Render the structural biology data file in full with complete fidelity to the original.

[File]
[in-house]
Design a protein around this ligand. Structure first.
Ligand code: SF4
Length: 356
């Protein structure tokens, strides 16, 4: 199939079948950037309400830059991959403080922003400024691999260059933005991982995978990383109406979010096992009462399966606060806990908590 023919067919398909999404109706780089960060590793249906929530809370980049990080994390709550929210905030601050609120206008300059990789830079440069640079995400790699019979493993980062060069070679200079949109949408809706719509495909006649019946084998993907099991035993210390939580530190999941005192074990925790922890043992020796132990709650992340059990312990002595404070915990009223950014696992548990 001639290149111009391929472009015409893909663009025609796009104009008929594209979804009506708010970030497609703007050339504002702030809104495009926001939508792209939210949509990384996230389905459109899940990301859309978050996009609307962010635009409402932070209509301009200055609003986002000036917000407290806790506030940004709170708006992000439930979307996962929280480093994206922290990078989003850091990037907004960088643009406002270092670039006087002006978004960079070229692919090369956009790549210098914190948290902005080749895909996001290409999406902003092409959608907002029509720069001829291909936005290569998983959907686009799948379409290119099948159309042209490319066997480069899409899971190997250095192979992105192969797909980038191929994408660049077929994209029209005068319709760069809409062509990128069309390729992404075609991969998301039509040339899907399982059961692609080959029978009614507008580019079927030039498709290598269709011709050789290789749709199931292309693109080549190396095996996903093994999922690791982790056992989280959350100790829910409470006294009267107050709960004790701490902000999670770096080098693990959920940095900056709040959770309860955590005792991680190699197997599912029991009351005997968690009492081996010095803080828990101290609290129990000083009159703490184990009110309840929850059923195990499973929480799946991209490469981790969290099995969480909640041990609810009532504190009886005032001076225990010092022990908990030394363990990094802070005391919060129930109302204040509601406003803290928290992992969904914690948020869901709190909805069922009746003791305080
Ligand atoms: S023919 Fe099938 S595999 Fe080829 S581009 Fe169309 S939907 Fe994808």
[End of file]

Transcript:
[in-house]
Design a protein around this ligand. Structure first.
Ligand code: SF4
Length: 356
């Protein structure tokens, strides 16, 4: 199939079948950037309400830059991959403080922003400024691999260059933005991982995978990383109406979010096992009462399966606060806990908590 023919067919398909999404109706780089960060590793249906929530809370980049990080994390709550929210905030601050609120206008300059990789830079440069640079995400790699019979493993980062060069070679200079949109949408809706719509495909006649019946084998993907099991035993210390939580530190999941005192074990925790922890043992020796132990709650992340059990312990002595404070915990009223950014696992548990 001639290149111009391929472009015409893909663009025609796009104009008929594209979804009506708010970030497609703007050339504002702030809104495009926001939508792209939210949509990384996230389905459109899940990301859309978050996009609307962010635009409402932070209509301009200055609003986002000036917000407290806790506030940004709170708006992000439930979307996962929280480093994206922290990078989003850091990037907004960088643009406002270092670039006087002006978004960079070229692919090369956009790549210098914190948290902005080749895909996001290409999406902003092409959608907002029509720069001829291909936005290569998983959907686009799948379409290119099948159309042209490319066997480069899409899971190997250095192979992105192969797909980038191929994408660049077929994209029209005068319709760069809409062509990128069309390729992404075609991969998301039509040339899907399982059961692609080959029978009614507008580019079927030039498709290598269709011709050789290789749709199931292309693109080549190396095996996903093994999922690791982790056992989280959350100790829910409470006294009267107050709960004790701490902000999670770096080098693990959920940095900056709040959770309860955590005792991680190699197997599912029991009351005997968690009492081996010095803080828990101290609290129990000083009159703490184990009110309840929850059923195990499973929480799946991209490469981790969290099995969480909640041990609810009532504190009886005032001076225990010092022990908990030394363990990094802070005391919060129930109302204040509601406003803290928290992992969904914690948020869901709190909805069922009746003791305080
Ligand atoms: S023919 Fe099938 S595999 Fe080829 S581009 Fe169309 S939907 Fe994808």